Welcome to my

 Variable Star Pages

IMG_0568 2021The science of Astronomy is unique. A great deal of astronomical research depends on the work of highly skilled amateur astronomers that provide a pivotal role in the constant monitoring of variable stars.

I observe and monitor variable stars particularly the cataclysmic (explosive) variable stars (CVs) for outbursts. Recorded observations are then sent to various variable star organisations which include, the American Association of Variable Star Observers (AAVSO), the research section of the Royal Astronomical Society of New Zealand, Variable Stars South (VSS) and the Variable Star Network (VSNET) a global professional-amateur network of researches in variable stars. 

These pages tell my story, show a selection of light curves, links to articles, dramatic events, transient objects and cataclysmic variables (CVs).  The current observations page will show my latest observations, outbursts detection’s, and activity on variable stars. 

Tetoora Road Observatory

rod-stubbings-obsv-baw-baw-citizen-by-william-pj-kulich-lq- observatorty

Photography by William PJ Kulich


22″ f/3.8 Dobsonian Telescope “Infinity”


300,000 Visual Variable Star Observations!

Article on my 300,000th visual variable star observation achieved on October 6, 2018, covering my observing career published by The British Astronomical Association Variable Star Section.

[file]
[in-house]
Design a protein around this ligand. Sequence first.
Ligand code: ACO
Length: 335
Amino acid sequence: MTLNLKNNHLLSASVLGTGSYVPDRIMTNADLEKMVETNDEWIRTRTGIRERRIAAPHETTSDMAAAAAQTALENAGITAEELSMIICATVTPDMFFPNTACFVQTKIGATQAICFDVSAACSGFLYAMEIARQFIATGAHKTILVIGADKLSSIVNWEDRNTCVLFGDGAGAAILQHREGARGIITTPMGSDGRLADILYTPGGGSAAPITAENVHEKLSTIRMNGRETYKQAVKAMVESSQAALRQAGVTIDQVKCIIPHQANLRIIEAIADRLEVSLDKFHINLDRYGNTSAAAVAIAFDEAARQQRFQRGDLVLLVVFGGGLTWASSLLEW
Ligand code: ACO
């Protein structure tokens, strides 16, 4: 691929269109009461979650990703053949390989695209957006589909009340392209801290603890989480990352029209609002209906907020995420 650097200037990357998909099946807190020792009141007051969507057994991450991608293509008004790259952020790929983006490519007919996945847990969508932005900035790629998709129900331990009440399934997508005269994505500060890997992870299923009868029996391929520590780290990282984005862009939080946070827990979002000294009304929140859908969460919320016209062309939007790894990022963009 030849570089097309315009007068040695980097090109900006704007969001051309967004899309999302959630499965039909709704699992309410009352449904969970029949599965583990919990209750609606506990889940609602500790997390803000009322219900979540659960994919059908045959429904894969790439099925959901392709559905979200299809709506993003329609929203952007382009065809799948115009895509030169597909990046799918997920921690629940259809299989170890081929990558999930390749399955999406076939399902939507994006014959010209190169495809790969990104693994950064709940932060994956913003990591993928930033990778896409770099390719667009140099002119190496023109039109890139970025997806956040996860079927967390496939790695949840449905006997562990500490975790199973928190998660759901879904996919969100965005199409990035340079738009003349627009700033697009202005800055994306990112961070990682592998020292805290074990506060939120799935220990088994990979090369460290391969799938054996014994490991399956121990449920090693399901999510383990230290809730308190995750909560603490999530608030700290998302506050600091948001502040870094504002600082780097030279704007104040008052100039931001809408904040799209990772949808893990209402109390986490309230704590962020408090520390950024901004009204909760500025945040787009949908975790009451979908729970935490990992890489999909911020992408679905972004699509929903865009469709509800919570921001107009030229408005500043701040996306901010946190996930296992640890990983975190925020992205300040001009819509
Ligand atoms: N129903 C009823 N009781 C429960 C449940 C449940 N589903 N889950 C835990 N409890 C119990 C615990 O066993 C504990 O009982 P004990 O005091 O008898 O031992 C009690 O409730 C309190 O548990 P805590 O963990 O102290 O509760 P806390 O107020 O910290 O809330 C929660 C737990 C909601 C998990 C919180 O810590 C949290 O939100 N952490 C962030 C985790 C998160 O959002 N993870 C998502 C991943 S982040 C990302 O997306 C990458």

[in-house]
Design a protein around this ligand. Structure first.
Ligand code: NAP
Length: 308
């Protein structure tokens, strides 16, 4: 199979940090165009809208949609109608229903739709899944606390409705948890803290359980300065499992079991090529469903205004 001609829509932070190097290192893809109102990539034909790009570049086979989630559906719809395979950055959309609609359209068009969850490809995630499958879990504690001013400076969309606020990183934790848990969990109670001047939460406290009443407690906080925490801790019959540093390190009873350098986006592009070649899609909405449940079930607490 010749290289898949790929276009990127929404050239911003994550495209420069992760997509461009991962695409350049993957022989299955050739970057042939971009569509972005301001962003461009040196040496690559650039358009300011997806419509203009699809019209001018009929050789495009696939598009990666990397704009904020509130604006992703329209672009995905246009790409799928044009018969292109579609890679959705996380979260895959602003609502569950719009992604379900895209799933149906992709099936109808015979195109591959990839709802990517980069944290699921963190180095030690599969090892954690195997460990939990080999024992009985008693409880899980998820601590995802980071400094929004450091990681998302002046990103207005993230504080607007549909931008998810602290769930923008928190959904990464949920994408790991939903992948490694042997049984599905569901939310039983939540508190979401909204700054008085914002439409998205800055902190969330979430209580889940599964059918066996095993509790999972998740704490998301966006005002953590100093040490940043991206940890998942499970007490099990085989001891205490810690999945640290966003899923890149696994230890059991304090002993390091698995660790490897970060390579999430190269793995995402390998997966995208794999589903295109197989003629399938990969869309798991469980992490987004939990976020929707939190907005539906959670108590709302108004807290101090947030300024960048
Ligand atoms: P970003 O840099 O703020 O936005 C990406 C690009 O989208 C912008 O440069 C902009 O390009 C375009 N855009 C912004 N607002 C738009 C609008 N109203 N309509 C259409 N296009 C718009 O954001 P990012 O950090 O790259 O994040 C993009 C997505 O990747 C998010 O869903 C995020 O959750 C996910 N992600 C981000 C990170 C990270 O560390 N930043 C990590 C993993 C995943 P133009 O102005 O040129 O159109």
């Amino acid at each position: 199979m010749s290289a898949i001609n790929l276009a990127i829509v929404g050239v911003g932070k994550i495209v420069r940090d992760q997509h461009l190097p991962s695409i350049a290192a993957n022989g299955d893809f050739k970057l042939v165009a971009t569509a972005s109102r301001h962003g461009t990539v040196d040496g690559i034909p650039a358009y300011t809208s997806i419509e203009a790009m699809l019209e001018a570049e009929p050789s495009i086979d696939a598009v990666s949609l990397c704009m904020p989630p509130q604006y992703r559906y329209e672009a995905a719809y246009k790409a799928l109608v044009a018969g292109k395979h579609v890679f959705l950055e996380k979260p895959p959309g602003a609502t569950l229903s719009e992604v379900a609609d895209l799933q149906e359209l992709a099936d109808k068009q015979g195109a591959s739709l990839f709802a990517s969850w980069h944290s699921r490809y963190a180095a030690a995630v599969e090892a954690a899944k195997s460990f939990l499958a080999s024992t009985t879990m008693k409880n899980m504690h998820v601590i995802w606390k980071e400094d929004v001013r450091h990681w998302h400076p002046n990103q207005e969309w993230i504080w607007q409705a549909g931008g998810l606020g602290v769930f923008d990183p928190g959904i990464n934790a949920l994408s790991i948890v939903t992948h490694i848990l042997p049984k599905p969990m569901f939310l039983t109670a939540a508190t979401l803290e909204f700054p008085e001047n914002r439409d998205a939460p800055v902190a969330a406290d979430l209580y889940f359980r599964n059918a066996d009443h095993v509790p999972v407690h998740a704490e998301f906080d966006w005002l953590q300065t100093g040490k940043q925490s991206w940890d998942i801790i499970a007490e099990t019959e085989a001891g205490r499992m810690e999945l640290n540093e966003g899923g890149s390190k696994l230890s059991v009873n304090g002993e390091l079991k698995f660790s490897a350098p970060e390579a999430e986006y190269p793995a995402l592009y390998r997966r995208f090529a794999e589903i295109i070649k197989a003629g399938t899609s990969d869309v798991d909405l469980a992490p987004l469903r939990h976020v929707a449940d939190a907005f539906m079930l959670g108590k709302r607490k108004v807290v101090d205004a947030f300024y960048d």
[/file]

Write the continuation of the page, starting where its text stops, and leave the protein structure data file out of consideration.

Recent casual chat/podcast on my variable star work


The Eclipsing Symbiotic Star AR Pav

My visual light curve on the eclipsing symbiotic star AR Pav between epoch 73 and 79. AR Pav has a  period of 604.5 days

AR Pav


Current outburst detection’s:  September 22/23, / 2021

object YYMMDD(UT) mag code remarks

AQLFO 210922.479 137 Stu.RASNZ outburst
AQLV794 210923.513 140 Stu.RASNZ outburst
CHAZ 210923.557 127 Stu.RASNZ outburst
CRABP 210923.569 140 Stu.RASNZ outburst
ERICK 210923.490 135 Stu.RASNZ outburst
HYIWX 210923.492 142 Stu.RASNZ outburst
NORHP 210922.484 132 Stu.RASNZ outburst
PAVAS 210923.540 154 Stu.RASNZ outburst
PAVV344 210923.538 144 Stu.RASNZ outburst
SCOV893 210922.468 124 Stu.RASNZ outburst
SGRV551 210923.526 143 Stu.RASNZ superoutburst
SGRV730 210922.480 144 Stu.RASNZ outburst

Recent publications

Betelgeuse Eclipses 2020 (Alpha Orionis)

Honoured to be a co-author on a paper “The dusty eclipses of Betelgeuse” submitted in July 2020. Betelgeuse has dimmed again which is caused by two dust clouds. These findings will be presented at the 106th National Congress of the Italian Physical Society held online from 14 to 18 September. The latest Astronomer’s Telegram 31, Aug 2020 can be found here. astronomerstelegram.org/?read=13982


CS Ind

One of the co-authors on a paper published by Astronomical Society of Japan on CS Indi: SU UMa-Type Dwarf Nova with LongPrecursor Outburst. September 2019. The unusual long precursor before the superoutburst is the first time such an event has been recorded in SU UMa-type stars. My visual light curve of this event.

CS Ind

ASAS-SN light curve of CS Ind.

Screenshot_2019-09-02 csind pdf

AR Pav

One of the co-authors on a paper published by the Astronomical Institute of Slovak Academy of Sciences on “Photometry of Symbiotic Stars – XIV.” Submitted April 2019. Over 8 years of my visual data on the symbiotic stars AR Pav and AE Ara were included in the paper.AR pav shot

AE Ara shot